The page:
MBB 100 has at least one internal holder 108 adjacent to at least one vertex 104, and each holder 108 is structured and arranged to receive a magnetic ball 110 and permit free rotation of the magnetic ball 110. Moreover, each magnetic ball 110 is presented by its respective holder 108 towards an adjacent vertex 104, and is generally about equal distance to the outer surface of the at least three faces 102 defining the vertex 104. In other words, the magnetic ball 100 is not disposed in the center of MBB 100, such that it is about equal distant to all vertices 104.

As used herein, it is understood and appreciated that the holder 108 is a structure or structures adapted to position each magnetic ball 110 as herein shown and described. In varying embodiments, this holder 108 may be a one or more rods or other internal struts which at least tangentially contact magnetic ball 110, one or more structures with a depression, protrucions or an aperture to receive at least a portion of the magnetic ball 110, one or more straight or curved walls, and or other elements which may be understood and appreciated to position the magnetic ball 110 and restrain horizontal and vertical movement while permitting free rotation. Moreover, for at least one embodiment, holders 108 are understood and appreciated to be pockets 108.

With respect to the magnetic balls 110 and their ability to rotate, it is to be understood and appreciated that it is actually the ability to permit the magnetic field to rotate that is of advantageous structure and arrangement for MBB 100. Moreover, as is further discussed below, as additional MBB 100 units are brought into proximate contact for the development of a structure, the advantageous ability of the magnetic fields to re-orient themselves mutually for magnetic coupling without requiring MBB 100 orientation by the user is highly advantageous of the MBBs 110 as herein described.

With respect to MBB 100 as a cube 106, it is appreciated that there are eight holders 108: holder 108A adjacent to vertex 104A, holder 108B adjacent to vertex 104B, holder 108C adjacent to vertex 104C, etc. . . . . Magnetic ball 110A is disposed in and received by holder 108A, magnetic ball 110B is disposed in and received by holder 108B, magnetic ball 110C is disposed in and received by holder 108C, etc. . . . . Moreover, MBB 100 is structured and arranged to enclose the magnetic balls 110 and present each proximate to an outer vertex 104.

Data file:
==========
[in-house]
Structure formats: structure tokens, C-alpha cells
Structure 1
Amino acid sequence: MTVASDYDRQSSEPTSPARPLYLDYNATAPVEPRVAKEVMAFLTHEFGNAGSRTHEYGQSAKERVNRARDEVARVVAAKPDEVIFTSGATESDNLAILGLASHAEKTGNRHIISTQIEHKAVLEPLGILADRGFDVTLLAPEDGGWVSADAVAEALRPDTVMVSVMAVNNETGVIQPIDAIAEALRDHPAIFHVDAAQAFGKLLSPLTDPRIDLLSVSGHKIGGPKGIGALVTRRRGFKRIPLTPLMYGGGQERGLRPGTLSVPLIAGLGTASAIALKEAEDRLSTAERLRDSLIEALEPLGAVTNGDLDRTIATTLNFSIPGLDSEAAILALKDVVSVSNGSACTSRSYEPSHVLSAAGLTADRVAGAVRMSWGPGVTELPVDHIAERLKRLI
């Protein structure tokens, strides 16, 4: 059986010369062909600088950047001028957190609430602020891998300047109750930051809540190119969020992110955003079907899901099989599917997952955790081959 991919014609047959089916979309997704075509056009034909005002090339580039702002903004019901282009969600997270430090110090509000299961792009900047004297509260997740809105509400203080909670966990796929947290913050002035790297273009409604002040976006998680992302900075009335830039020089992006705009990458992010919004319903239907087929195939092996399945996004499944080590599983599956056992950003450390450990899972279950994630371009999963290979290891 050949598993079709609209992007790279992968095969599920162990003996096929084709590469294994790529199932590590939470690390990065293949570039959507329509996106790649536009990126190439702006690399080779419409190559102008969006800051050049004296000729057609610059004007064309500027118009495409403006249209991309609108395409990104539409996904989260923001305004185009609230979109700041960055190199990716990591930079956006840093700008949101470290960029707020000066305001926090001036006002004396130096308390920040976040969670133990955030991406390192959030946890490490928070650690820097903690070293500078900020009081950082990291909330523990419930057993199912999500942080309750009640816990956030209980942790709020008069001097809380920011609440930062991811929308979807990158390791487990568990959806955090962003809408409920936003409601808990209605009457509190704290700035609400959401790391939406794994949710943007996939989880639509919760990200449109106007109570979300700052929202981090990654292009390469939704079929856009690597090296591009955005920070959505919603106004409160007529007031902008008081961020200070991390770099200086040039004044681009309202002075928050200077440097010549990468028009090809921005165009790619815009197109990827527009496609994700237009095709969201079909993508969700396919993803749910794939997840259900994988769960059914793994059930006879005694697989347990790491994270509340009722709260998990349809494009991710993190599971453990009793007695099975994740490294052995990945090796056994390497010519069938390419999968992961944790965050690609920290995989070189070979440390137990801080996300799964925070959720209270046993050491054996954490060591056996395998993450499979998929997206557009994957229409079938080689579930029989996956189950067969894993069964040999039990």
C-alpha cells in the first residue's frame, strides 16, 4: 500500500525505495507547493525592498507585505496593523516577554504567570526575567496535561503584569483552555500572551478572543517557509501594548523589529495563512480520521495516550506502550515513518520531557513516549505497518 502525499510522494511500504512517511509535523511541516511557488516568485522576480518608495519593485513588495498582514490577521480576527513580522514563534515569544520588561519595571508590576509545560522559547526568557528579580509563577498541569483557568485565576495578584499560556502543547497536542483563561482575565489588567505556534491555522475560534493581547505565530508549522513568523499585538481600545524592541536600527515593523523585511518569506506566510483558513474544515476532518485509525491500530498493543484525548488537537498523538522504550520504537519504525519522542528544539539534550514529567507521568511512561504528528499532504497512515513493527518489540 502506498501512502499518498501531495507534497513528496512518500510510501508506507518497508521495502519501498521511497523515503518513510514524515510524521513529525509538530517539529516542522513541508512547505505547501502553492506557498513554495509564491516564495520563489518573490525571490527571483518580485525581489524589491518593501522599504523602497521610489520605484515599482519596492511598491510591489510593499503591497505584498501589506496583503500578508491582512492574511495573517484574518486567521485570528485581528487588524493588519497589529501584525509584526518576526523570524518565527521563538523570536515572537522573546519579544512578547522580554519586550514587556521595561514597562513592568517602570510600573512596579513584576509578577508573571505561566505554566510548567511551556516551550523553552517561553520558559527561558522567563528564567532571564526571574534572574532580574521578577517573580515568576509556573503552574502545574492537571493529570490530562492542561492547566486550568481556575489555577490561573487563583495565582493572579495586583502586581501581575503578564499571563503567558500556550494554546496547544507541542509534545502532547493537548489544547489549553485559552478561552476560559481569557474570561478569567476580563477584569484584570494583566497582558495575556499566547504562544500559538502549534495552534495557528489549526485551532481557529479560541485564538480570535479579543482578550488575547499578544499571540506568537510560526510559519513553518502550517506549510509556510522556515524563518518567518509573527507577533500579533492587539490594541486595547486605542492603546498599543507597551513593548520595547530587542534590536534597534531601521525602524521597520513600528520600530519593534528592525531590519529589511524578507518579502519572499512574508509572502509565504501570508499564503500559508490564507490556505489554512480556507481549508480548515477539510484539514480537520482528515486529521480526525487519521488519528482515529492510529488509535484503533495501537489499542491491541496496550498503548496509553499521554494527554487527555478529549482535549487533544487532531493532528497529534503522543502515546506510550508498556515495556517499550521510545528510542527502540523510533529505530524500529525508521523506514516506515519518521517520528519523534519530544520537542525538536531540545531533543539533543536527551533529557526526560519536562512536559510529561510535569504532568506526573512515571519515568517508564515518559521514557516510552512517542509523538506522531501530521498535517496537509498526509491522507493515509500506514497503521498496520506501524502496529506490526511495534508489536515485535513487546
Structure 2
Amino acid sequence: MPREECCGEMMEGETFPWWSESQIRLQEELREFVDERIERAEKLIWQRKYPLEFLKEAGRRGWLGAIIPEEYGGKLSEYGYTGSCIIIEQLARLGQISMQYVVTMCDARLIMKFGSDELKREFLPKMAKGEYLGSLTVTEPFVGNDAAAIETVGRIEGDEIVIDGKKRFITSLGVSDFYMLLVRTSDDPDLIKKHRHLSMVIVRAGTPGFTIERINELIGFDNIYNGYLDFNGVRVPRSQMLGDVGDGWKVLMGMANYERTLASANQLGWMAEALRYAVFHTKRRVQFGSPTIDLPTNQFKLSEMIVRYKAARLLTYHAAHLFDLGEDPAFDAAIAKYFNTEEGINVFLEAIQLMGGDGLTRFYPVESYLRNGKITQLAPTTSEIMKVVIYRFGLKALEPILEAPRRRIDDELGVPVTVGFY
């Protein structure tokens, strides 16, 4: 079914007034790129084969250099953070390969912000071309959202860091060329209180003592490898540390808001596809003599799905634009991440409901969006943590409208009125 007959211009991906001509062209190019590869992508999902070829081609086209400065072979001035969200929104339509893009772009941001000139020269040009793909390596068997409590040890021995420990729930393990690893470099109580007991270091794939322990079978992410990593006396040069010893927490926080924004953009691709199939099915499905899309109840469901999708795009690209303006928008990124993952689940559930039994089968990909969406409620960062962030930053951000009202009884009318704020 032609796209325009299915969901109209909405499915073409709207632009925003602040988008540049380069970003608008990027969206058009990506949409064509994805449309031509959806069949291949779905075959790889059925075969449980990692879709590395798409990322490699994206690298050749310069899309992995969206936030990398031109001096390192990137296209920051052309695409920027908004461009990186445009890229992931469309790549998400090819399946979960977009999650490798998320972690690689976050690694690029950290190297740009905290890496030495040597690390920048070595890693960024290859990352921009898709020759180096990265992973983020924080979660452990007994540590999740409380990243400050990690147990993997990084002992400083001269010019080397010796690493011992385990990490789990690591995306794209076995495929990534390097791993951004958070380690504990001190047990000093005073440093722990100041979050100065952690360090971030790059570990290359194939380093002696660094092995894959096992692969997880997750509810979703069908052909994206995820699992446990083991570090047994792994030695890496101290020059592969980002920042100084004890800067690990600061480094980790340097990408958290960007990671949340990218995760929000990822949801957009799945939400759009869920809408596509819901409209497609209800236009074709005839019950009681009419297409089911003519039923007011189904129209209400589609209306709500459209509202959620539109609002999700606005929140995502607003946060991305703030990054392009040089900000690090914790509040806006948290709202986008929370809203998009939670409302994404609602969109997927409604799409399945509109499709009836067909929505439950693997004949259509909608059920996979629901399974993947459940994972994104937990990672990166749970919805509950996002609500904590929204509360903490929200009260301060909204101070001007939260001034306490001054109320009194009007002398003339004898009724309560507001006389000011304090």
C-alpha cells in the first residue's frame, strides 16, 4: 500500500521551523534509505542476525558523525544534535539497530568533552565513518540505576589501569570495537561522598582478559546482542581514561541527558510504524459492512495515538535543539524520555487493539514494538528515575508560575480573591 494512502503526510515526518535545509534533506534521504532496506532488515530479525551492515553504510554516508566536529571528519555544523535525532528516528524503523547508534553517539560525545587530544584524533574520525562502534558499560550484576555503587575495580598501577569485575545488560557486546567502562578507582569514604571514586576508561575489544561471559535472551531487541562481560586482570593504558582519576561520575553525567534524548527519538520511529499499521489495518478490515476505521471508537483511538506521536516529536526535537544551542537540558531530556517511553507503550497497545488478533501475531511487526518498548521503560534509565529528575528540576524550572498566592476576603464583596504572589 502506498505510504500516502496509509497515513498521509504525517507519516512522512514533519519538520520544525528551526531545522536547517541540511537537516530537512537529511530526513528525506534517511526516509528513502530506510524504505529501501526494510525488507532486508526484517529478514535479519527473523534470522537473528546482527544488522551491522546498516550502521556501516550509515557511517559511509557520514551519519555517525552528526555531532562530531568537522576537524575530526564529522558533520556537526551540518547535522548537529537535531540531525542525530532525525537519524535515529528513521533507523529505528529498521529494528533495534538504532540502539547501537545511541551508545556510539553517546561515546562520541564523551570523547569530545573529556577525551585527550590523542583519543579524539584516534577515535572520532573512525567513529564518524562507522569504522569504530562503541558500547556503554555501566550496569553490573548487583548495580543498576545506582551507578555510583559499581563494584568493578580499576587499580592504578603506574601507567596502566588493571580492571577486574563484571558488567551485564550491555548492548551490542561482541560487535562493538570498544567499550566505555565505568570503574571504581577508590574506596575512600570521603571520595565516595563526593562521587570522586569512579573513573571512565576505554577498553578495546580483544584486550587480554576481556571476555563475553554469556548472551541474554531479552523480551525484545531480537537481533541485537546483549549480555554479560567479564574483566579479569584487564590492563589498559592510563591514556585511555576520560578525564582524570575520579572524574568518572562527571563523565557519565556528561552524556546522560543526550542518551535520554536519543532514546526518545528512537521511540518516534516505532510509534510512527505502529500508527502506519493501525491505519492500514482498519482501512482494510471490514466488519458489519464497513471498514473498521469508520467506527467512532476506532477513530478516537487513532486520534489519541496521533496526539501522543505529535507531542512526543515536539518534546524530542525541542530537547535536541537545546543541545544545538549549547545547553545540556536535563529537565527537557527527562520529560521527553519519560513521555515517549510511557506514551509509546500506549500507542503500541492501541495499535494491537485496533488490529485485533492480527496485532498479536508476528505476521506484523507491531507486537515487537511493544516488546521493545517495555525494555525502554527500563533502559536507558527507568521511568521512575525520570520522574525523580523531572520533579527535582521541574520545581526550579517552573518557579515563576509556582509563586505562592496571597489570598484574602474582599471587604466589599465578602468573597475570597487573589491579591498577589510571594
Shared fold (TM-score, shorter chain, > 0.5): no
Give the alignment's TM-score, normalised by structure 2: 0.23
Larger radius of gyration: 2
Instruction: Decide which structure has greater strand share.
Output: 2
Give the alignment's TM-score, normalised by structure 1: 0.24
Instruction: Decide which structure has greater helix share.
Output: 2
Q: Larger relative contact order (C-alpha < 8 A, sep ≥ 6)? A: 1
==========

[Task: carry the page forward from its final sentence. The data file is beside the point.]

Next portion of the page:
The incorporation of magnetic balls 110 is highly advantageous over magnetic bars, magnetic cylinders or magnetic discs. Magnetic balls 110 have opposite poles as is expected with all magnets. However, as spherical structures, the magnetic balls 110 have an advantageous property to adjust their mutual alignment so as to permit magnetic coupling in more than simple sets of two. Indeed, the magnetic balls 110 will adjust their mutual orientations so as to cooperatively magnetically bind with from one to eight additional magnetic balls 110 as may be presented by additional cube 106 embodiments of MBB 100. To achieve such automatic alignment, the user need not specifically orient the additional MBBs 100 as the building project progresses.

As such, and as will become further apparent in the description below and the accompanying figures, the MBBs 100 in accordance with the present invention present unique and advantageous building options not previously enjoyed by previous building blocks.

With respect to cube 106 it is also understood and appreciated that the magnetic balls 110 are not co-planer. At least a first subset of magnetic balls 110, such as magnetic balls 110A, 110B, 110E and 110F are disposed in a first plane 112. A second subset of balls 110, such as magnetic balls 110A, 110C, 110F and 110G, are disposed in a second plane 114, this second plane 114 intersecting the first plane 112. For the embodiment of cube 106, this first plane 112 is normal to the second plane 114. In other words, the magnetic balls 110 of cube 106 do not co-exist in a single plane.

FIG. 2 presents further embodiments for MBB 100, and demonstrates geometric properties that advantageously permit various embodiments to cooperatively interact as building blocks. Each is a 3D polygon of non-magnetic material having at least four faces 102, the faces meeting in sets of at least three to define at least four vertices 104 and a generally enclosed structure containing a plurality of magnetic balls 110, each magnetic ball 110 adjacent to at least one outer vertex 104.

Moreover, in FIG. 2, a cube 106 embodiment of MBB 100 is shown. Of the three faces shown, each is understood and appreciated to be a square 200, having a surface provided by four equal sized third squares 202. Locations of magnetic balls 110 are shown in dotted relief proximate to each illustrated vertices 104 of cube 106.

In other words, cube 106 may also be described as having eight (8) generally equal quadrants or regions bounded by three axes. More specifically, these eight quadrants correlate to:

    • Q1=+Y, +X, +Z;
    • Q2=+Y, −X, +Z;
    • Q3=+Y, +X, −Z;
    • Q4=+Y, −X, −Y;
    • Q5=−Y, +X, +Z;
    • Q6=−Y, −X, +Z;
    • Q7=−Y, +X, −Z; and
    • Q8=−Y, −X, −Y;